…is a habit we must shake
“We’ve got the only Brazilian that can’t play football!”
“It’s clear that he’s not going to make it.”
“Not Liverpool class.”
“We’re not going to win a title with him in the squad!”
“Would he get into our rivals teams? No.”
Are just some of the comments I’ve heard or read. Others can’t be written down…
Now, it’s always struck me as odd that we spend so long arguing that the talented youngsters should be given a chance, only to write them off soon after they do finally get that chance.
To be fair, we have been spoiled at times with some youngsters who came into the team looking like they had been top level players for years. Rob Jones, Robbie Fowler, Michael Owen, Steven Gerrard and Steve McManaman all performed more or less immediately upon making their debuts.
But surely we should be aware that this isn’t the norm? Most youngsters that come into a team can be inconsistent until they gain the confidence and maturity that can only come with an extended run in the first team. Sometimes, this process can take several seasons, with several dips in form, before finally establishing themselves as a proper player.
Now this doesn’t always happen. Youngsters that look amazing at reserve level often fail to make the grade. Some of the youngsters we have let go – Danny Guthrie, Adam Hammill, Steven Warnock – have become premiership players, but most haven’t.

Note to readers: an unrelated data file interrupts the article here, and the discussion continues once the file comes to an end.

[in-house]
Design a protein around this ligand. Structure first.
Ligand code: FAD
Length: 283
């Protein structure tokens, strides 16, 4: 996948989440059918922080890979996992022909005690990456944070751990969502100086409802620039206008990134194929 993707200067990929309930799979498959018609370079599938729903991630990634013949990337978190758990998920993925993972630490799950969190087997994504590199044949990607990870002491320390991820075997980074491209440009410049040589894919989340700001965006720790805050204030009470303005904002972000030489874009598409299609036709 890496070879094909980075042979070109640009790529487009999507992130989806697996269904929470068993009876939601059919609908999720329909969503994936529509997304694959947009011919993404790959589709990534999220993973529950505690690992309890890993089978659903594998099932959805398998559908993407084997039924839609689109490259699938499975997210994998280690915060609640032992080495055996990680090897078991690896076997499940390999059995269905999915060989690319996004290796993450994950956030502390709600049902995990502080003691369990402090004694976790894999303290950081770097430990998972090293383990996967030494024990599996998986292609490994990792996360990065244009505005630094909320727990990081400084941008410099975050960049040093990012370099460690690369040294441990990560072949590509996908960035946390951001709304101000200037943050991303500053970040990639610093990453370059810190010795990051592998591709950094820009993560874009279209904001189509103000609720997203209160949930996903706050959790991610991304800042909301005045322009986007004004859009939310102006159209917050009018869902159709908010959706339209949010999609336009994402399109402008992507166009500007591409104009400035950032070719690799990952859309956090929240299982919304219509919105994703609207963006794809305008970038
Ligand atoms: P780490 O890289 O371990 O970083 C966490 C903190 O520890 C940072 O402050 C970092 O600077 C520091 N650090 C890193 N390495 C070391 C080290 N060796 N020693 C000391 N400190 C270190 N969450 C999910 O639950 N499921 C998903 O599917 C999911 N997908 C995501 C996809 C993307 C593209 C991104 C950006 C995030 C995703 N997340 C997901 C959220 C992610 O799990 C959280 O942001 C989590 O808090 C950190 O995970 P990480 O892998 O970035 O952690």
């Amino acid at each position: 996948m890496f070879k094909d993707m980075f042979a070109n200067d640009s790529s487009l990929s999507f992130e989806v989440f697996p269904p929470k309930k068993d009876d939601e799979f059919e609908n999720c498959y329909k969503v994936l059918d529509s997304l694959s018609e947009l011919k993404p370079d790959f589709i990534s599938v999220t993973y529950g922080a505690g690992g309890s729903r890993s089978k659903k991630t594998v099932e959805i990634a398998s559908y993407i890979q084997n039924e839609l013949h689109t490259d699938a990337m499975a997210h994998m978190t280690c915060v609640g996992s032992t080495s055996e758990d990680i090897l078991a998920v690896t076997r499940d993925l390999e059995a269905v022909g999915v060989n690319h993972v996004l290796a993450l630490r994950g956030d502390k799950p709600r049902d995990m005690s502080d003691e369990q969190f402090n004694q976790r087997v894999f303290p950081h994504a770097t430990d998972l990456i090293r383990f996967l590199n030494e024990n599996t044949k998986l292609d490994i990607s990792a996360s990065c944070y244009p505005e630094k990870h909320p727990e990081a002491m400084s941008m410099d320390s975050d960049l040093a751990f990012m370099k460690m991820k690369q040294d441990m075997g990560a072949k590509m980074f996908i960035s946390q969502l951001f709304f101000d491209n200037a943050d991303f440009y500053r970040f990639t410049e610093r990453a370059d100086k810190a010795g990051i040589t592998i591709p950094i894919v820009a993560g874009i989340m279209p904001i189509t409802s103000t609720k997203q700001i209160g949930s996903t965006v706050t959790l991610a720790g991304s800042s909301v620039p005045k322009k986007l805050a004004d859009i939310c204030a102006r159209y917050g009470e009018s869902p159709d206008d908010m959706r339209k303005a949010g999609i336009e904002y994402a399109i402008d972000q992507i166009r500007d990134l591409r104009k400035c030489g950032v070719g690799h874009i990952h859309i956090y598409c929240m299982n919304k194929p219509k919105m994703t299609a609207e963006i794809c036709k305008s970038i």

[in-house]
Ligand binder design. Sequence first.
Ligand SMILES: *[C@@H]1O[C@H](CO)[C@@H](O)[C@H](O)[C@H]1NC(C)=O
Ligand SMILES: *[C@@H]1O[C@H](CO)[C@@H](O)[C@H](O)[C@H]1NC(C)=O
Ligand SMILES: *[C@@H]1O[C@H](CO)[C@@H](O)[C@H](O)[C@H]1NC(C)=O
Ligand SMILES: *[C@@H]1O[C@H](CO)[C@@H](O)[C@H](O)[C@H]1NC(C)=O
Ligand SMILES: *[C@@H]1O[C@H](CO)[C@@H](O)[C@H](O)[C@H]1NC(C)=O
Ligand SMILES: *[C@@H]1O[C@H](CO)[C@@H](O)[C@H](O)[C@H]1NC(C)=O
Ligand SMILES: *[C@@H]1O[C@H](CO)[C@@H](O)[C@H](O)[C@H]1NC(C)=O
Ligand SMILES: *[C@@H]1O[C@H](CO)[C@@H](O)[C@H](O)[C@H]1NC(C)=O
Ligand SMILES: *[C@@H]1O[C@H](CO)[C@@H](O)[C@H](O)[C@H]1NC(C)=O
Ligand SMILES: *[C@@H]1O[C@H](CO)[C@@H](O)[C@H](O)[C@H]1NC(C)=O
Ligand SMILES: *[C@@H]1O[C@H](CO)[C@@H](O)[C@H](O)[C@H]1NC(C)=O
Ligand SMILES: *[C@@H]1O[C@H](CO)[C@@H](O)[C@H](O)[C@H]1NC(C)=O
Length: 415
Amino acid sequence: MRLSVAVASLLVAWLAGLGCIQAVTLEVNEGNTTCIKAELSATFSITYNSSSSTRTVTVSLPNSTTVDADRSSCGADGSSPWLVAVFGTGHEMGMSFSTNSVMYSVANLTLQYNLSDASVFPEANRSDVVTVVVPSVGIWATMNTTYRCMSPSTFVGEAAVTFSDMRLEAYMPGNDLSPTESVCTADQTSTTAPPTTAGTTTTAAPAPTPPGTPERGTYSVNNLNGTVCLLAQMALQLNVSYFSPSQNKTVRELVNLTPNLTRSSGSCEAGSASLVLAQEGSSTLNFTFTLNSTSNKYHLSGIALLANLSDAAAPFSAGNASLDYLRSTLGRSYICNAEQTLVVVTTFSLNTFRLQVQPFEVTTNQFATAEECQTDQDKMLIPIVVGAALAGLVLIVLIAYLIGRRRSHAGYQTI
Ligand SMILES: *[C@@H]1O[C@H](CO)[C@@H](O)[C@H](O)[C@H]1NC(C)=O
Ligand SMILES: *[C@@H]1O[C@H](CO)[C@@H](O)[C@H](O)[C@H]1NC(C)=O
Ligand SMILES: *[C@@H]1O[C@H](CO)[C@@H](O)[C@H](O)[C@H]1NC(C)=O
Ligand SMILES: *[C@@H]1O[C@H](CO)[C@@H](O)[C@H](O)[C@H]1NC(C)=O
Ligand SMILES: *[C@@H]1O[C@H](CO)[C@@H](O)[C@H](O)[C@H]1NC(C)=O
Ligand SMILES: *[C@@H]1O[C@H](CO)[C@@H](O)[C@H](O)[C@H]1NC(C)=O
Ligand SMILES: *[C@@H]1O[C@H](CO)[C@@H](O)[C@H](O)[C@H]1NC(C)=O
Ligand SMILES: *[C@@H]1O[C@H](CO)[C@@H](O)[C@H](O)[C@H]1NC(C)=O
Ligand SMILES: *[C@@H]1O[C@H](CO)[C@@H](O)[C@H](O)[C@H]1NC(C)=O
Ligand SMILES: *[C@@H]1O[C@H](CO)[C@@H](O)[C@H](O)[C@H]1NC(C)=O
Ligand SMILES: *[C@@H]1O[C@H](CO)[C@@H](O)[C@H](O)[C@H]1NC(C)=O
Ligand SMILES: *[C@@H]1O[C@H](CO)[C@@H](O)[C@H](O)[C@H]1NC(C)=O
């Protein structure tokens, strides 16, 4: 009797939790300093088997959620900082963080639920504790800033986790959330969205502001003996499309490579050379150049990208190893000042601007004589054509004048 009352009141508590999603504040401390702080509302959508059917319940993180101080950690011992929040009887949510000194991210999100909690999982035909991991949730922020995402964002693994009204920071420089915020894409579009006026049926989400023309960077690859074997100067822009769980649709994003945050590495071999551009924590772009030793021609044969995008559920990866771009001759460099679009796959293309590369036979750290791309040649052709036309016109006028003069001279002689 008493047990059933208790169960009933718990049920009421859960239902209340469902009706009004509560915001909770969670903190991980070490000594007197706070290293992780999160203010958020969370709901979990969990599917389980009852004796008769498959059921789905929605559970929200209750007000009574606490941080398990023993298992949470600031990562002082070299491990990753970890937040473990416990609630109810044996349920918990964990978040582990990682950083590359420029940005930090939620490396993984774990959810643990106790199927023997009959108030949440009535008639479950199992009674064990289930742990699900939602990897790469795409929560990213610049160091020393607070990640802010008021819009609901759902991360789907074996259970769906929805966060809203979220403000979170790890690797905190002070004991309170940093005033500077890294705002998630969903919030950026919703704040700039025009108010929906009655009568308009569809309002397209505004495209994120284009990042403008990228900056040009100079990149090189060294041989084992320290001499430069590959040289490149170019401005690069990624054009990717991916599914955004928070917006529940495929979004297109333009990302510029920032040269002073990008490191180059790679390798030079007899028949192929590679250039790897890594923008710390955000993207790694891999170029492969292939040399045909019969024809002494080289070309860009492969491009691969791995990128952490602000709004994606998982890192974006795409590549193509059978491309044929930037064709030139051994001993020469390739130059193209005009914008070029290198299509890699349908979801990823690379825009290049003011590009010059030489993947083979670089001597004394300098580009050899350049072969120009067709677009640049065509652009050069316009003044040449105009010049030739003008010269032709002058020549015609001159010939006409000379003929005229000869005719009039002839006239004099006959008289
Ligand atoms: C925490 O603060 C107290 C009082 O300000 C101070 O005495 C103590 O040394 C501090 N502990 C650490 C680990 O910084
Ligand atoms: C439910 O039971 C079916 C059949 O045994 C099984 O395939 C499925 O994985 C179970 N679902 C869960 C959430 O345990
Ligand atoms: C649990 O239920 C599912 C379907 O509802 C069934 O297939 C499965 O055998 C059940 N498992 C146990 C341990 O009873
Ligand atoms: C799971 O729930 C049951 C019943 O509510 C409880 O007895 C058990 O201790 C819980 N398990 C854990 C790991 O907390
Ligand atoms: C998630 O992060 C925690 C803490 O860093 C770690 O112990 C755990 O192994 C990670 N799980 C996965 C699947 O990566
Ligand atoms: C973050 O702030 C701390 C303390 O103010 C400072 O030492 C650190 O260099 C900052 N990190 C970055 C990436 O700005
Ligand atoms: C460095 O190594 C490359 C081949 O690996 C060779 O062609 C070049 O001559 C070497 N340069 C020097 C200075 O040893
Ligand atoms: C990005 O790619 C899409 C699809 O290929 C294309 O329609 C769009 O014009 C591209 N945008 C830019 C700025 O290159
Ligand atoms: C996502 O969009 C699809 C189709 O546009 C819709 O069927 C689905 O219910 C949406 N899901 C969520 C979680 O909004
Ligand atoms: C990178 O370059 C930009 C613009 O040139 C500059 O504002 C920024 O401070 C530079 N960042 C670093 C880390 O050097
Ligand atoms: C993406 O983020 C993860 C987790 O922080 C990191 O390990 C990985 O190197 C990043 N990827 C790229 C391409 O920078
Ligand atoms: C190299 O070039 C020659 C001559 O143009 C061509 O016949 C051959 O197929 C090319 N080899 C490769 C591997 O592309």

But there is an argument I think that we write players off too soon at our peril. Look at Jamie Carragher for the best example of this. After he spent several seasons orbiting both full back positions, Rafa Benitez gave him the chance to move into the middle and be our starting centre back. The rest is history – he has gone on to be one of the best centre backs we have ever had. The point here though, is in his first few seasons he was seen by many as – at best – a useful squad player that could fill several roles, but one who wasn’t cut out to be a first teamer.
Surely we should bear this in mind when evaluating the young players that have been given regular games in recent seasons. These include:
Emiliano Insua – looked excellent in his first season with us, but following Fabio Aurelio’s injury in his second season became over-exposed and targeted by opposition managers. He was shipped out so quickly at the start of this season, you have to wonder if his confidence will ever recover. Which would be a shame, because (a) going forward he was pretty good (he claimed 4 assists in 30 games in the 2009-10 season, 1 more than Patrice Evra did in 38 games), and (b) full back is a difficult position to learn as it relies on good decision making (when to get tight, when to back up your centre back, when to get forward) and you are expected to play both attack and defence. Surely with more experience he would have got better?